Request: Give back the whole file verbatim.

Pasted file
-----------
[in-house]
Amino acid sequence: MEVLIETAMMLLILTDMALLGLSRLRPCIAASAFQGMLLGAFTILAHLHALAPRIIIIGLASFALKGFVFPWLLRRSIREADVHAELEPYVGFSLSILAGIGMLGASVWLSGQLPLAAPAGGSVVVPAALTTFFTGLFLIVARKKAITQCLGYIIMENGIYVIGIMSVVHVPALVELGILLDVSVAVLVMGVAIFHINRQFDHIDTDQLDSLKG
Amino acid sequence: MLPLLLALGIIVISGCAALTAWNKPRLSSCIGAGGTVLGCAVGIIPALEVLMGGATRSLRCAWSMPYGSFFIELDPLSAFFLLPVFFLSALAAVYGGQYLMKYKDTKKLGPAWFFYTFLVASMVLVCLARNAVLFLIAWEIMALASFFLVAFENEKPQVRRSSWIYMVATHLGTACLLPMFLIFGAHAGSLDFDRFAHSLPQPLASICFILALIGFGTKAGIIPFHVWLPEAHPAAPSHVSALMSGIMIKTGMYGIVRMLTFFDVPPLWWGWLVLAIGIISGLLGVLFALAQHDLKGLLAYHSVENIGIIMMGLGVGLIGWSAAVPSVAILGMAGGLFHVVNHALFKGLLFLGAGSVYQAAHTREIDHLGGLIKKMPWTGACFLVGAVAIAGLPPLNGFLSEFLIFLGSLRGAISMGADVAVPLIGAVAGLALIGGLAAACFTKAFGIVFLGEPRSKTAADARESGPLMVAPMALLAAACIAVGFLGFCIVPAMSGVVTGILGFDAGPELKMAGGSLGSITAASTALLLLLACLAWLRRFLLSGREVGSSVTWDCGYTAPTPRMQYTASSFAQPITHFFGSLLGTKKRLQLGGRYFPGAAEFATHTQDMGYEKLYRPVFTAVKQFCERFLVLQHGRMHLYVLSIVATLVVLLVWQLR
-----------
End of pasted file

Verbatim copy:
[in-house]
Amino acid sequence: MEVLIETAMMLLILTDMALLGLSRLRPCIAASAFQGMLLGAFTILAHLHALAPRIIIIGLASFALKGFVFPWLLRRSIREADVHAELEPYVGFSLSILAGIGMLGASVWLSGQLPLAAPAGGSVVVPAALTTFFTGLFLIVARKKAITQCLGYIIMENGIYVIGIMSVVHVPALVELGILLDVSVAVLVMGVAIFHINRQFDHIDTDQLDSLKG
Amino acid sequence: MLPLLLALGIIVISGCAALTAWNKPRLSSCIGAGGTVLGCAVGIIPALEVLMGGATRSLRCAWSMPYGSFFIELDPLSAFFLLPVFFLSALAAVYGGQYLMKYKDTKKLGPAWFFYTFLVASMVLVCLARNAVLFLIAWEIMALASFFLVAFENEKPQVRRSSWIYMVATHLGTACLLPMFLIFGAHAGSLDFDRFAHSLPQPLASICFILALIGFGTKAGIIPFHVWLPEAHPAAPSHVSALMSGIMIKTGMYGIVRMLTFFDVPPLWWGWLVLAIGIISGLLGVLFALAQHDLKGLLAYHSVENIGIIMMGLGVGLIGWSAAVPSVAILGMAGGLFHVVNHALFKGLLFLGAGSVYQAAHTREIDHLGGLIKKMPWTGACFLVGAVAIAGLPPLNGFLSEFLIFLGSLRGAISMGADVAVPLIGAVAGLALIGGLAAACFTKAFGIVFLGEPRSKTAADARESGPLMVAPMALLAAACIAVGFLGFCIVPAMSGVVTGILGFDAGPELKMAGGSLGSITAASTALLLLLACLAWLRRFLLSGREVGSSVTWDCGYTAPTPRMQYTASSFAQPITHFFGSLLGTKKRLQLGGRYFPGAAEFATHTQDMGYEKLYRPVFTAVKQFCERFLVLQHGRMHLYVLSIVATLVVLLVWQLR